How Shapeways landed a landmark $30m financing round

Delighted to report that today Shapeways announced a $30m fundraising led by Andreesen Horowitz. You can read more about it here >> (Shapeways, New York Times, AllthingsD, Wired, GigaOm, Venturebeat). Index Ventures first invested in Shapeways in October 2010 after many months of negotiations to spin out of Philips. The Company was based in Eindhoven in the Netherlands and had low revenues and a small but committed customer base comprised of a pioneering bunch of 3d modellers. The business model at the time is in essence the same business model that exists today. Firstly Shapeways offers a 3D printing service for 3d modellers who want to realise their own designs. Secondly Shapeways operates a marketplace where any consumer can browse and customise existing 3d designs and get them printed. In this case the original designer earns money on the designs they have contributed to the Shapeways marketplace.

 

Since 2010 a lot has changed both for the Company and more broadly in the 3D printing industry. Firstly 3d printing has received enormous attention and coverage in the media as people wake up to the fact that 3d printing is no longer science fiction but a very practical technology for a broad range of applications from healthcare to fashion. The Company has also made great strides over the last two years. The HQ has moved to New York, the team has grown substantially and the Company has also invested in its own manufacturing facilities which are now up and running in New York and Eindhoven. Over this period the Company raised additional financing both from inside investors and Lux Capital. This round however is a landmark financing for a private company in the 3d printing space and a very substantial venture round for any company at this stage. There are lots of compelling reasons to like Shapeways but for Index Ventures there were three key factors which underpinned our desire to invest again:

 

  • Emerging Leadership in high potential industry. By any measure we could look at, whether it was number of models uploaded, production volume or overall size of community, Shapeways was emerging as the clear leader in consumer 3d printing. As with any marketplace business model, the bigger the marketplace becomes the greater the gravitational pull it exerts on new buyers and sellers. In addition to network effects there are also substantial scale effects in 3d printing as machine utilisation increases, materials costs fall and more experience is gained on optimising production processes. Cheaper production can feed into lower prices which makes for happier customers.
  • Exemplary cohort and customer acquisition dynamics. At Index Ventures we always have a strong bias towards businesses that can attract consumers with little or no marketing. If a business is dependent on acquiring customers all the time through paid acquisition, however profitable this might be there is always the risk (or in most cases a likelihood) that at some future point in time, customer acquisition costs shoot up making it impossible for further profitable growth. The vast majority of Shapeways growth is driven by events, PR and the Shapeways community itself that operates globally though meetups. Also when you look at how customers behave over time through cohort analysis, there is a very steady pattern of spend over time with no sign of deceleration. In other words Shapeways effectively becomes a utility for its customers as sites such as Amazon have become.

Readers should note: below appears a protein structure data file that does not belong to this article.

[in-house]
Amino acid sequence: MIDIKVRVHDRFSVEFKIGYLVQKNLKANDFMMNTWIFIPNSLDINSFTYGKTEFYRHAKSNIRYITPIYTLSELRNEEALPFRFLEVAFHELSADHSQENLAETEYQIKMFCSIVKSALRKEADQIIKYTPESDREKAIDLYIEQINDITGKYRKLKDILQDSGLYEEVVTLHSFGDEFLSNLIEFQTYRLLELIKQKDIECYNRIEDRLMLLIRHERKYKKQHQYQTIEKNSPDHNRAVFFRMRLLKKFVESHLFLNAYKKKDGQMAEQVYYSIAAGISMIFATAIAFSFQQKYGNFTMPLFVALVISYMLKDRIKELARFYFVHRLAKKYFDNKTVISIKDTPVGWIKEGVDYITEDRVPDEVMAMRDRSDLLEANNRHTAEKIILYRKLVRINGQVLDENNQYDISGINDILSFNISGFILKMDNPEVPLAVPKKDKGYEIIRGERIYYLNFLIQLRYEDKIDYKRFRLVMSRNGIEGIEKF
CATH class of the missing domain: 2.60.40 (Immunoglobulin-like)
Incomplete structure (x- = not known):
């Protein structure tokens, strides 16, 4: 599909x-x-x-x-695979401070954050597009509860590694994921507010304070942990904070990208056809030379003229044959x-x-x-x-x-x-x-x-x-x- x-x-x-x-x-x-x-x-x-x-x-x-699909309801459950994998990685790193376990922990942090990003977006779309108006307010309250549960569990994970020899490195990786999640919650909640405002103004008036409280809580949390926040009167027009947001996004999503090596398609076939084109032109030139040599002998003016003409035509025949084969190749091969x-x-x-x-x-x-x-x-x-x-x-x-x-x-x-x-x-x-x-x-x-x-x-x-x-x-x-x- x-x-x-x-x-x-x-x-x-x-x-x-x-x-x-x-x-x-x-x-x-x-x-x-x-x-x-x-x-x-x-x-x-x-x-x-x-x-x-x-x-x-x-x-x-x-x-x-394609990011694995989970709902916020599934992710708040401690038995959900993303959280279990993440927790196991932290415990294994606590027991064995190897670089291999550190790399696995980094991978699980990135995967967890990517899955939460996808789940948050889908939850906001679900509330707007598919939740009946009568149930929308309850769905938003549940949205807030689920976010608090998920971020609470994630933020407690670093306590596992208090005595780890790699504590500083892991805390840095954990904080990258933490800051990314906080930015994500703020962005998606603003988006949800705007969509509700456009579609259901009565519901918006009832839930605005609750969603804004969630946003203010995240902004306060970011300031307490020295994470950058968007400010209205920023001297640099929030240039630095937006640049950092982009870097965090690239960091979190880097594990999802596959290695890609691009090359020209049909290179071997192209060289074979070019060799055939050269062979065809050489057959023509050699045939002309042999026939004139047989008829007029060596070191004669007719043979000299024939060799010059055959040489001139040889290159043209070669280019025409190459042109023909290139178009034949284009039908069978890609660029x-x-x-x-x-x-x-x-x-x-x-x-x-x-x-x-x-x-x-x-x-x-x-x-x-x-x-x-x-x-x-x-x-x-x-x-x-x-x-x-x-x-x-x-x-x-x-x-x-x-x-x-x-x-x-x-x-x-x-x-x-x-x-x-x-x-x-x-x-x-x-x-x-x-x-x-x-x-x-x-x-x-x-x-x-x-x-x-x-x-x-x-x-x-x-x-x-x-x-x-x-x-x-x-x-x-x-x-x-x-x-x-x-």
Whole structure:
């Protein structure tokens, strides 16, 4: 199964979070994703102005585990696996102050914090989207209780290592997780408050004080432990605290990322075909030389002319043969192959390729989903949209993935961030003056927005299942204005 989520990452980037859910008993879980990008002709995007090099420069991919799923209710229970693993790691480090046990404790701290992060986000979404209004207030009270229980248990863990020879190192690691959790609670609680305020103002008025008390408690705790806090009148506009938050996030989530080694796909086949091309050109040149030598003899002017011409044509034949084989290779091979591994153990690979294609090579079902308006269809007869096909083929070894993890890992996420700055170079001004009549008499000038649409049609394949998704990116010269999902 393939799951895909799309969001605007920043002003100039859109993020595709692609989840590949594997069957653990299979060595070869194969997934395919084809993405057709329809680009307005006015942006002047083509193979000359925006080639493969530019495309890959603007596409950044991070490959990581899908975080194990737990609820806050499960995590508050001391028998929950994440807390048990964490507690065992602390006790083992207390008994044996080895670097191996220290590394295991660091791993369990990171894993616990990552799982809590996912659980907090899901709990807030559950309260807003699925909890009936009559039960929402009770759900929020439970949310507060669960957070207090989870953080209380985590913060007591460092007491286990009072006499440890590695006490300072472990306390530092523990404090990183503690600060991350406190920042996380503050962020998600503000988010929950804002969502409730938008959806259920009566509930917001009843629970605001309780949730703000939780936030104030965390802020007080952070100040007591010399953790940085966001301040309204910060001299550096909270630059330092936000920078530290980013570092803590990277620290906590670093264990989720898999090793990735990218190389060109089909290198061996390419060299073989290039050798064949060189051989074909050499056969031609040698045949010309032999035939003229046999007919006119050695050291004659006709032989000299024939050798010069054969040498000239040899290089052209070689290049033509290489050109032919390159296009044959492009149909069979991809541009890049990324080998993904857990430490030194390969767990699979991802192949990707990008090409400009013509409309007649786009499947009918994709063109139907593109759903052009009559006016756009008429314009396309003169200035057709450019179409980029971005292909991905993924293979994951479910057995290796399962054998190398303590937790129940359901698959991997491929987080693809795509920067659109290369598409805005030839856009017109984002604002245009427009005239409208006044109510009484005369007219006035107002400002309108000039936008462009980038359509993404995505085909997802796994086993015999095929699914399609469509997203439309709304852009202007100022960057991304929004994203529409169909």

• Passionate and multi-talented team. Growing Shapeways has required an unusually broad range of skills compared to the typical tech startup. To galvanise the consumer 3d printing industry has required the Shapeways team to be evangelists, educators and visionaries. In addition there is a highly complex production and logistics operation where the Company has had to apply lean manufacturing methods to relatively immature and fast-changing production technologies. Lastly the company has had to develop and rapidly scale the online community and eCommerce operation. There have certainly been many challenges and setbacks, but each one has been approached head-on and dealt with by an exceptionally committed and creative team.
Congratulations to Peter, Marleen and everyone at Shapeways and welcome onboard to our new investors.

 

  • http://twitter.com/wolfejosh Josh Wolfe

    Couldn’t be more excited about Ben & Index’s leadership in 3DP and Shapeways bright future. Here’s Lux’s reasoning for doubling down: http://www.luxcapital.com/3Dprinting/

  • indexben

    Thanks Josh. Very happy with everything they achieved since arriving in NY

  • Carl Stratton

    Thanks for sharing Ben, it’s always nice to hear more around how investment goals are achieved. The Shapeways concept and model is excellent and I’m looking forward to seeing where it’s at in a few years time – 3D printing is such an exciting space, for so many reasons.

  • brandy micksom

    Any comments on how kraftwurx patents will affect shapeways business model. I’ve dug around and it’s apparent that they were very early in this. I read somewhere where the kraftwurx system is actually shapeways or kraftwurx or I.materalise in a box. Would that mean that shapeways could be run on their software and replace shapeways system? What would happen if more shapeways – like sites started popping up? I visited their site and it looks like I can get a site for a hundred dollars a month that would serve the same purpose that shapeways site would but without the capital cost to build my own version.all this leads me to believe that the 3D printers are not so important and the software tying into them is.